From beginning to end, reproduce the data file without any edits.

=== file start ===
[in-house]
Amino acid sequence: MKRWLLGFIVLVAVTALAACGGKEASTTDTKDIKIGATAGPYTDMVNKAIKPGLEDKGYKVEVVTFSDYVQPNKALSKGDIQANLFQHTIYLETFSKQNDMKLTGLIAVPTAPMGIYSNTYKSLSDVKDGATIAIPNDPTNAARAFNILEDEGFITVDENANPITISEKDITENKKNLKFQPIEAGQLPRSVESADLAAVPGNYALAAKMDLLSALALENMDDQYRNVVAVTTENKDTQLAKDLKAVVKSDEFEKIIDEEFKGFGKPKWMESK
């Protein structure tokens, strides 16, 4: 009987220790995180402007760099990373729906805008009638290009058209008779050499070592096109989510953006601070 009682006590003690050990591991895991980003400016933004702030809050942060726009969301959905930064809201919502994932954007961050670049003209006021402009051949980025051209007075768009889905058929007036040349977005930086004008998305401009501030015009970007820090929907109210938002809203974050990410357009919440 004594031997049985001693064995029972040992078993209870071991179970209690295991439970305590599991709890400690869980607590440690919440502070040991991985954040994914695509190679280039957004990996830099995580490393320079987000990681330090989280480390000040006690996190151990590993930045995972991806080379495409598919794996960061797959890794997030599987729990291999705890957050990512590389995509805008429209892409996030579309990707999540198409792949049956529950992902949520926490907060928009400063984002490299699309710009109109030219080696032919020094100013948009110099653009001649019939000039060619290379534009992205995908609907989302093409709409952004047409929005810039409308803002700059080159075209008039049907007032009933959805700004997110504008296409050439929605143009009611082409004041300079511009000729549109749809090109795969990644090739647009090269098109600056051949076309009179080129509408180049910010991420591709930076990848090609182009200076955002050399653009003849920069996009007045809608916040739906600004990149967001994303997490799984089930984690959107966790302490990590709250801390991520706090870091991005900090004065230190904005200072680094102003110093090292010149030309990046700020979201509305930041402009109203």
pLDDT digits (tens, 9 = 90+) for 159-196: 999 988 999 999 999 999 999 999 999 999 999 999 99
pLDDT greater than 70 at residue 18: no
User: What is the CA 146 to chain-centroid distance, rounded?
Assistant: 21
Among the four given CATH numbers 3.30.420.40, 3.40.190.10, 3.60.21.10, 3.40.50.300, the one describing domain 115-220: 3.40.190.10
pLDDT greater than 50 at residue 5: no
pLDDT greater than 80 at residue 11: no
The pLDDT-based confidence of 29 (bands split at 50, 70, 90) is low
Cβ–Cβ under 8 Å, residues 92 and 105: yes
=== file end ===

[in-house]
Amino acid sequence: MKRWLLGFIVLVAVTALAACGGKEASTTDTKDIKIGATAGPYTDMVNKAIKPGLEDKGYKVEVVTFSDYVQPNKALSKGDIQANLFQHTIYLETFSKQNDMKLTGLIAVPTAPMGIYSNTYKSLSDVKDGATIAIPNDPTNAARAFNILEDEGFITVDENANPITISEKDITENKKNLKFQPIEAGQLPRSVESADLAAVPGNYALAAKMDLLSALALENMDDQYRNVVAVTTENKDTQLAKDLKAVVKSDEFEKIIDEEFKGFGKPKWMESK
């Protein structure tokens, strides 16, 4: 009987220790995180402007760099990373729906805008009638290009058209008779050499070592096109989510953006601070 009682006590003690050990591991895991980003400016933004702030809050942060726009969301959905930064809201919502994932954007961050670049003209006021402009051949980025051209007075768009889905058929007036040349977005930086004008998305401009501030015009970007820090929907109210938002809203974050990410357009919440 004594031997049985001693064995029972040992078993209870071991179970209690295991439970305590599991709890400690869980607590440690919440502070040991991985954040994914695509190679280039957004990996830099995580490393320079987000990681330090989280480390000040006690996190151990590993930045995972991806080379495409598919794996960061797959890794997030599987729990291999705890957050990512590389995509805008429209892409996030579309990707999540198409792949049956529950992902949520926490907060928009400063984002490299699309710009109109030219080696032919020094100013948009110099653009001649019939000039060619290379534009992205995908609907989302093409709409952004047409929005810039409308803002700059080159075209008039049907007032009933959805700004997110504008296409050439929605143009009611082409004041300079511009000729549109749809090109795969990644090739647009090269098109600056051949076309009179080129509408180049910010991420591709930076990848090609182009200076955002050399653009003849920069996009007045809608916040739906600004990149967001994303997490799984089930984690959107966790302490990590709250801390991520706090870091991005900090004065230190904005200072680094102003110093090292010149030309990046700020979201509305930041402009109203």
pLDDT digits (tens, 9 = 90+) for 159-196: 999 988 999 999 999 999 999 999 999 999 999 999 99
pLDDT greater than 70 at residue 18: no
User: What is the CA 146 to chain-centroid distance, rounded?
Assistant: 21
Among the four given CATH numbers 3.30.420.40, 3.40.190.10, 3.60.21.10, 3.40.50.300, the one describing domain 115-220: 3.40.190.10
pLDDT greater than 50 at residue 5: no
pLDDT greater than 80 at residue 11: no
The pLDDT-based confidence of 29 (bands split at 50, 70, 90) is low
Cβ–Cβ under 8 Å, residues 92 and 105: yes